As art started to be more like an instrument of vanity and show compared to last century, its brand value has become an investment tool. No doubt, wealthy investors have an important role on this. While expensive cars, luxurious yachts and flats become cheap ways of show-off; art, forms an ideal platform of prestige for that stage since money does not have any meaning for the rich. At that level everyone has money, what is important is the capability to buy the prestige and status that modern art object provides. Being able to buy an art work by Rothko (72,8 million dollars) or Jackson Pollock (140 million dollars) makes those people different in their world. This understanding of art reflects an interesting reality of the fact that today modern art history can be written by some buyers.
Obscurity, authenticity, and free production, which are the basic condition of art, were generally used during the obscure periods of history; while today capital is the determinant and directive of several things. For example, when an artist works with a popular gallery, he guarantees his career; and, if a gallery works with a popular artist, this provides prestige to the gallery. This constitutes the basic cycle of the food chain within the art market. On the other hand, the opportunity to exhibit art objects without conflicting with each other by defining their brand values, made art to be more confidential. The ability to take risk, which had been at the essence of art almost since the modern age, has started to vanish in our day.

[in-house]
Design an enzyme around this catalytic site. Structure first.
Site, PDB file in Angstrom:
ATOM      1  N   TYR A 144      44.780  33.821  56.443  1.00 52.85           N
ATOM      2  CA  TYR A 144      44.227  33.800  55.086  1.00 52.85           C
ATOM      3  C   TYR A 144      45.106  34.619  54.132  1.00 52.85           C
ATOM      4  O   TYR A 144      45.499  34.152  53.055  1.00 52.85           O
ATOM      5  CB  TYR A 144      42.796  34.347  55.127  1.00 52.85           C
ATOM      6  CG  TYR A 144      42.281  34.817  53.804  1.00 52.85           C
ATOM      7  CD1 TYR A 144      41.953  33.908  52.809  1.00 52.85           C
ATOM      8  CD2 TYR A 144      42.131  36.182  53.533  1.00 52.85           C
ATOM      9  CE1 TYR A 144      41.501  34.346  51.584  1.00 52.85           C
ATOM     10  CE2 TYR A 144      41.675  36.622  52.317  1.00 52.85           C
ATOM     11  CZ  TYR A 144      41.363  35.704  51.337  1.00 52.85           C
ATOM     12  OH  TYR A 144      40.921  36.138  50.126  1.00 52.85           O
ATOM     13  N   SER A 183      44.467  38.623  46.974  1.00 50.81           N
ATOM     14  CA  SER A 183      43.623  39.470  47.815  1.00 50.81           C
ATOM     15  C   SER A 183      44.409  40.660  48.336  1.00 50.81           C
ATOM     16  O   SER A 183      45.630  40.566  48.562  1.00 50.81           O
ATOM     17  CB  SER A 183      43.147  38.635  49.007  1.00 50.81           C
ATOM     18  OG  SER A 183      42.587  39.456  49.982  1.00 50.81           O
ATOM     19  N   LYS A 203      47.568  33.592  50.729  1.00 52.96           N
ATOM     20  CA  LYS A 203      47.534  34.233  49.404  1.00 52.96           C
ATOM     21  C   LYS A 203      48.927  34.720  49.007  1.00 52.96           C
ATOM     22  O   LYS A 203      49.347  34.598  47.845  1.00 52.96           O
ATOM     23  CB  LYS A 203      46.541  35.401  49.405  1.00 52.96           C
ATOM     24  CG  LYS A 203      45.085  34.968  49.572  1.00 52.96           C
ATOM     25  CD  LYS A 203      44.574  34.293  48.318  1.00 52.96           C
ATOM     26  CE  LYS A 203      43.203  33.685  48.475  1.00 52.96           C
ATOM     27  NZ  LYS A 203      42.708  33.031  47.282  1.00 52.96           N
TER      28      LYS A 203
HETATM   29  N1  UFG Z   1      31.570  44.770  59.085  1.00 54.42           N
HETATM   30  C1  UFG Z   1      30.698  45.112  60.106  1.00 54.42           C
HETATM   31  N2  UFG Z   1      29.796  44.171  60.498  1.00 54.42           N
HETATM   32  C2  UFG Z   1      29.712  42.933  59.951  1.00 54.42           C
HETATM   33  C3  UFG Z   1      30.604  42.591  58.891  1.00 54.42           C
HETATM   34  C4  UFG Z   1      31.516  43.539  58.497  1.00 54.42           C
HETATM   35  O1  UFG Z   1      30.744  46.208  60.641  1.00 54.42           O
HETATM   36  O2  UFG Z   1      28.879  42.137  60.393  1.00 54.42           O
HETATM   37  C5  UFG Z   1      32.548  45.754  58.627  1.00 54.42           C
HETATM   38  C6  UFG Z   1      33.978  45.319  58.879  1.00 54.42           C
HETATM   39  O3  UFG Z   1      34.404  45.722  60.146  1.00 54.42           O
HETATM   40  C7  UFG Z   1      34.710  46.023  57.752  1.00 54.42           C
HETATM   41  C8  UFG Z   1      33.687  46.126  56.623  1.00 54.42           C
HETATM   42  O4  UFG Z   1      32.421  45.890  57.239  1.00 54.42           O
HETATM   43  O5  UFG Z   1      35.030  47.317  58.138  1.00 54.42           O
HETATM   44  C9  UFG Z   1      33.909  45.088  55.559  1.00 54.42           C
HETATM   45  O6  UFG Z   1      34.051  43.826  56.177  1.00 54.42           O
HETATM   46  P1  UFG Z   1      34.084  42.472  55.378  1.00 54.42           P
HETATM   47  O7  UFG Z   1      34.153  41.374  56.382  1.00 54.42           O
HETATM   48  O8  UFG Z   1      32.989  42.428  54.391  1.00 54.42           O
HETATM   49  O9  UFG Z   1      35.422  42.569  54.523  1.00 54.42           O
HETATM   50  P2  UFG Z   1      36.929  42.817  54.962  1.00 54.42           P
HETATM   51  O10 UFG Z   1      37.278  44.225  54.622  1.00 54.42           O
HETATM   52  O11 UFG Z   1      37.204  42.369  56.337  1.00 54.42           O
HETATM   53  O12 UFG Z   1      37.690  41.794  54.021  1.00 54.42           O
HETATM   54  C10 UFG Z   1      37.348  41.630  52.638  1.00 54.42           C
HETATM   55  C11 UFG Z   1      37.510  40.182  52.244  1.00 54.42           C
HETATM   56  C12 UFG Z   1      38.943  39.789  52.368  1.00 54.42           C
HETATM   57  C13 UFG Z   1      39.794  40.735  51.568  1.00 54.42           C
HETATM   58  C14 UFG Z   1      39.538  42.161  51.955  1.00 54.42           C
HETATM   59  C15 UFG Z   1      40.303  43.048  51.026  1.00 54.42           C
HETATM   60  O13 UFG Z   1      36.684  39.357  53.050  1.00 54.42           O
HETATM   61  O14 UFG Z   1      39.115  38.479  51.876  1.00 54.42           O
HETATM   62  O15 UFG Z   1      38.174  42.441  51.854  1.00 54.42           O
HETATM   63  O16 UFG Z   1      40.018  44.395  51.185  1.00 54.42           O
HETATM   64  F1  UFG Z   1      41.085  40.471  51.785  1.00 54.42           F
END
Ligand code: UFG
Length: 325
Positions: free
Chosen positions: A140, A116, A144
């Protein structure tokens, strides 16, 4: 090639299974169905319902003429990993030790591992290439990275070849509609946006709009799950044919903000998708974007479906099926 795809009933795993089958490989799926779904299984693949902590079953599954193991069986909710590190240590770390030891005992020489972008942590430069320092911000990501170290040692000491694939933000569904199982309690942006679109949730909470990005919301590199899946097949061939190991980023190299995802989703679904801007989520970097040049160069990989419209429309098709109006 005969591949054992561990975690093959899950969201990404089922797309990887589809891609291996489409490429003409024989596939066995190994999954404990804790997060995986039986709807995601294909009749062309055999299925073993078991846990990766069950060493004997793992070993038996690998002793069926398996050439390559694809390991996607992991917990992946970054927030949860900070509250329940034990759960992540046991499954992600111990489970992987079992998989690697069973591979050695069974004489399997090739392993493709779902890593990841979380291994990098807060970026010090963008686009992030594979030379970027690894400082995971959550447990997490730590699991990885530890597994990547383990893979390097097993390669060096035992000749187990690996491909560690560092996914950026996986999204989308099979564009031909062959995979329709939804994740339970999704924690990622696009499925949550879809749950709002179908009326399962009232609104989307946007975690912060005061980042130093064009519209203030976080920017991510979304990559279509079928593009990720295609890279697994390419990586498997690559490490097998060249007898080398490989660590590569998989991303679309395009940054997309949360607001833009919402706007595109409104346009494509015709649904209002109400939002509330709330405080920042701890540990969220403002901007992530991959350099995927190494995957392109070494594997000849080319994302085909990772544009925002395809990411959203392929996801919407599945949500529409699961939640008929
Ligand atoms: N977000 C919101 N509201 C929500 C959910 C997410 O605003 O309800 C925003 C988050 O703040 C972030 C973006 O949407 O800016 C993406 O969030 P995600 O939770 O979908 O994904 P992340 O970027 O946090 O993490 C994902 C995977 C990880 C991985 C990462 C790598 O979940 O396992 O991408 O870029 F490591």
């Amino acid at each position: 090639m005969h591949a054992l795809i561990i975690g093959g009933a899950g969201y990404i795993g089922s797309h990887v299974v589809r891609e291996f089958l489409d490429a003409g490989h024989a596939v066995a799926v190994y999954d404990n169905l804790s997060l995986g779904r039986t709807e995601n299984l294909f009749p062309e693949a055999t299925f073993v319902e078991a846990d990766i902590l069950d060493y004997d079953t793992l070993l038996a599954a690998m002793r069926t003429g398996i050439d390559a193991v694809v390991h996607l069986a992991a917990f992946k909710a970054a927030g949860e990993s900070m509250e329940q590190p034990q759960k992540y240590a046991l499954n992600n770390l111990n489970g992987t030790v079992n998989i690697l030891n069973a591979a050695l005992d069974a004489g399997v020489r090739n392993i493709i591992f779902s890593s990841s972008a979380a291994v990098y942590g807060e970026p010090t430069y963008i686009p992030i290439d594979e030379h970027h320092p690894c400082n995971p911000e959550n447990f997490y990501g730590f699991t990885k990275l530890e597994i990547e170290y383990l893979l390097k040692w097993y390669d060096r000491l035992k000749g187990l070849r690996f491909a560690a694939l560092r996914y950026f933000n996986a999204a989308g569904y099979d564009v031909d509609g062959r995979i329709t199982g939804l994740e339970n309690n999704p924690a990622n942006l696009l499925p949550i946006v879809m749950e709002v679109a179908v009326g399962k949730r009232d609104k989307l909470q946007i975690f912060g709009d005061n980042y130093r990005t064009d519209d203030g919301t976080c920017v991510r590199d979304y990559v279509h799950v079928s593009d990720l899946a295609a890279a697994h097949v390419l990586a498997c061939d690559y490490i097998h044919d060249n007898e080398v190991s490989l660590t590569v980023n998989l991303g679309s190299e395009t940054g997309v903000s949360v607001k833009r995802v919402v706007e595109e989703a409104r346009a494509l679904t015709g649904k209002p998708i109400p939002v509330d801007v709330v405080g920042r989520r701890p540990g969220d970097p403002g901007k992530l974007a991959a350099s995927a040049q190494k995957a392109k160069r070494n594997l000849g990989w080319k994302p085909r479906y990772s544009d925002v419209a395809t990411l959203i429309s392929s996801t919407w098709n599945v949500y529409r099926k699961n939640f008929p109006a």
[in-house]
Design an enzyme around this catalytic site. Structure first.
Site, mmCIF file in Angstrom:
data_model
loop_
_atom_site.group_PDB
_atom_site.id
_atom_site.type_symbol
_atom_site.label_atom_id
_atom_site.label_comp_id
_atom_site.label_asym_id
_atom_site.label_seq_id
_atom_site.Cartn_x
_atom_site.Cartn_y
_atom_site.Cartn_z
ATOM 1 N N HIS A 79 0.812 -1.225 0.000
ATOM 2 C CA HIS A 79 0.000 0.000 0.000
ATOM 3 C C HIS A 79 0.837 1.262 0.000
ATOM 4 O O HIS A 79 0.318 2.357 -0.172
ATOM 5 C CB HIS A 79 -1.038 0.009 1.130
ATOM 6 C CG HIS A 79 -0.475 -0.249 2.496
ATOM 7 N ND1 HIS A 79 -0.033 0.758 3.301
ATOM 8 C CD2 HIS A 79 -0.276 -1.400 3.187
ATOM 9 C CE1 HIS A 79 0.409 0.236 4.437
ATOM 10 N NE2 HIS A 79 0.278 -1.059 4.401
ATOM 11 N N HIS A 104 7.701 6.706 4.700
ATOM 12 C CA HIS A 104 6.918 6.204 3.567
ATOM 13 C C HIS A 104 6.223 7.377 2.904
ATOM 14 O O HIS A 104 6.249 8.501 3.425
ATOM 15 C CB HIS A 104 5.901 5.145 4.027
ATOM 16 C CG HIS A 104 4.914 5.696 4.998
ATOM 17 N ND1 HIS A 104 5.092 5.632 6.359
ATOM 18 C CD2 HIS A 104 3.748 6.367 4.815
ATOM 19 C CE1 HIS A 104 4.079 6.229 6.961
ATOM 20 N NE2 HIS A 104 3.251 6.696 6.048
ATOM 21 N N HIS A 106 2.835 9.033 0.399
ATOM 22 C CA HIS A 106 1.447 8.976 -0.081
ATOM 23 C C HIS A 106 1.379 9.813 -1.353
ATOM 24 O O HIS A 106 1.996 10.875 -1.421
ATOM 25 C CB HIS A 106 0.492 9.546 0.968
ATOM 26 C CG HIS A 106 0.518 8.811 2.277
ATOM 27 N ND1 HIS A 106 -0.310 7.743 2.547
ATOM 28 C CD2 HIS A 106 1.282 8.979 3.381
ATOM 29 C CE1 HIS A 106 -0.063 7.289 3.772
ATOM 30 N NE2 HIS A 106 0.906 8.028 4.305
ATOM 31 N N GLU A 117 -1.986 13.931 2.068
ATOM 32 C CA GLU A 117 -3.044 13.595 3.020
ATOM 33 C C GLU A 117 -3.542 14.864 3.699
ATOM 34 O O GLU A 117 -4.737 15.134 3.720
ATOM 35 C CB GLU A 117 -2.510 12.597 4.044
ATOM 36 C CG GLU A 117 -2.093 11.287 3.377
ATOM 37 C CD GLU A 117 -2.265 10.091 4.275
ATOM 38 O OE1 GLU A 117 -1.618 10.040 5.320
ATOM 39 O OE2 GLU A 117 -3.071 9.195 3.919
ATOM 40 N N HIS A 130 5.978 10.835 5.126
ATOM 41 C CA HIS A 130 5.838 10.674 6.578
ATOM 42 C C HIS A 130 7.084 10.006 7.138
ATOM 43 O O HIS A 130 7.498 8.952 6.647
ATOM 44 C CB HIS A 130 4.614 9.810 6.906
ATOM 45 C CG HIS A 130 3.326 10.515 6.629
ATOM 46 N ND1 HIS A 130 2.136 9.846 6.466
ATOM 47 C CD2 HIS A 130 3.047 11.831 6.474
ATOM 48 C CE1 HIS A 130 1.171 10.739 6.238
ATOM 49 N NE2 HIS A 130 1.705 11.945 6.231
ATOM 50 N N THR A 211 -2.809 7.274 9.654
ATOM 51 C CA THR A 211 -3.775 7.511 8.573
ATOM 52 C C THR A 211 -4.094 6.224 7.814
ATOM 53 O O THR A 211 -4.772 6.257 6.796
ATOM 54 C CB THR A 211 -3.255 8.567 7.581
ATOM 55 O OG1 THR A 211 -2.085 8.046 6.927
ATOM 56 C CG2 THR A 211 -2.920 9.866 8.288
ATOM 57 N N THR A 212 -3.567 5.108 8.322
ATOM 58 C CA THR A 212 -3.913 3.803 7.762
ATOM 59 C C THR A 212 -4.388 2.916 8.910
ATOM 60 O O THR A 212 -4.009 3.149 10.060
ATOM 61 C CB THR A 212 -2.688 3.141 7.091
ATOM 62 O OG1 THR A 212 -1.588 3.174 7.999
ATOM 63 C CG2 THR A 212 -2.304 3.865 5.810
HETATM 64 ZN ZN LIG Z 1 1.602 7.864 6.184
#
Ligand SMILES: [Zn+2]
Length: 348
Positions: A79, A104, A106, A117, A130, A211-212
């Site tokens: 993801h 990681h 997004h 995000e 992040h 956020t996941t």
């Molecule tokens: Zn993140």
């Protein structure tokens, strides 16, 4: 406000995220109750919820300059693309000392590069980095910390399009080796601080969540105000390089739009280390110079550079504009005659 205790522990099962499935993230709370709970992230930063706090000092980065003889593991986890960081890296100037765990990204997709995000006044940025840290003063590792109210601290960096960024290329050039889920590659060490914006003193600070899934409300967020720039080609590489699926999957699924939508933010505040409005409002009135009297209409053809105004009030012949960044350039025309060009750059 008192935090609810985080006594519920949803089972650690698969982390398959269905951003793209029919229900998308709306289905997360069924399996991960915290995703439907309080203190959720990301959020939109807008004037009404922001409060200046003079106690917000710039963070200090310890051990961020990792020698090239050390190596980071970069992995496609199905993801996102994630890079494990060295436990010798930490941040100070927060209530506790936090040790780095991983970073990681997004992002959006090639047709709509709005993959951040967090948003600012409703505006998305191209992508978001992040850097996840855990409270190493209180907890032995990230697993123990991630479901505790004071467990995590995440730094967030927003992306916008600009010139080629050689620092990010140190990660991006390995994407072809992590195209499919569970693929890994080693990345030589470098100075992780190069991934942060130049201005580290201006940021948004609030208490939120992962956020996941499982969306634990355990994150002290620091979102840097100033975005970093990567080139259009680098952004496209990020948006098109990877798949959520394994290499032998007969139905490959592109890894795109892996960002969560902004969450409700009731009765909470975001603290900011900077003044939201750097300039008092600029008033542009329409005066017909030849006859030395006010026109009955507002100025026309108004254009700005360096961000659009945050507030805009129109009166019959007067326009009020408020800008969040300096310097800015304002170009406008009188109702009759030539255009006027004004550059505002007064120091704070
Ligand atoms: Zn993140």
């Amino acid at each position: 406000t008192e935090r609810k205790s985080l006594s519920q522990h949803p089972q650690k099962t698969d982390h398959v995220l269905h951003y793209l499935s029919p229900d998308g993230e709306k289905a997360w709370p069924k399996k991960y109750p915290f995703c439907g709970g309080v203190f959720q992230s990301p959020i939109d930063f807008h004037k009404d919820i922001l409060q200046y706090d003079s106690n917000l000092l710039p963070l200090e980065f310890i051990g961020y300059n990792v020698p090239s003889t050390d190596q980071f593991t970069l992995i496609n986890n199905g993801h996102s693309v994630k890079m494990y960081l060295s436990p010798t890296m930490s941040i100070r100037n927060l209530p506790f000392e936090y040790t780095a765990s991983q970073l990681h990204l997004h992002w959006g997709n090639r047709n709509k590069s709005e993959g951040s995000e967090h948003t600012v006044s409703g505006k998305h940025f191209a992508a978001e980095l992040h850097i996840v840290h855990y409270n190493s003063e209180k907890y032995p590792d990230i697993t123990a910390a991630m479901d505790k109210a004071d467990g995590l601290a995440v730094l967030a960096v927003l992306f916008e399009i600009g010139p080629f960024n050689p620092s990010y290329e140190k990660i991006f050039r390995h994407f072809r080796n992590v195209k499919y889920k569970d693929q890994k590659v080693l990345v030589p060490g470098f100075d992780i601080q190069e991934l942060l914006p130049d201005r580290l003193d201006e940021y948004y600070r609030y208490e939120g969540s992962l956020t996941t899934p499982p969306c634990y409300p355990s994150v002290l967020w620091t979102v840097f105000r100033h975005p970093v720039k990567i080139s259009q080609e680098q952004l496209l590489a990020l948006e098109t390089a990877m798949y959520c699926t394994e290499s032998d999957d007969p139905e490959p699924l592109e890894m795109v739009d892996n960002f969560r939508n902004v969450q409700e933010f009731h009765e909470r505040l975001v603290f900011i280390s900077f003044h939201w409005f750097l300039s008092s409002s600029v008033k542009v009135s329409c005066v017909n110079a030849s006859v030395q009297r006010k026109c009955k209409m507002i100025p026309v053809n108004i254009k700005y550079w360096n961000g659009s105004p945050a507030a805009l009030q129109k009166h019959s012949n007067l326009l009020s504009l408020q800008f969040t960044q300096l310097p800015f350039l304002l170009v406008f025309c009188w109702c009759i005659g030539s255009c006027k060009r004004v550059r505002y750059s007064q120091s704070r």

In order to shine their reputations corporations force artists and art institutions, of which they support exhibitions financially, to make hybrid exhibitions so as to be valuable at the international arena. (There are financial supports of strong companies; galleries and museums behind “New Media” and installations. The productions of Damien Hirst or Jeff Koons can be referred as good examples of this structure).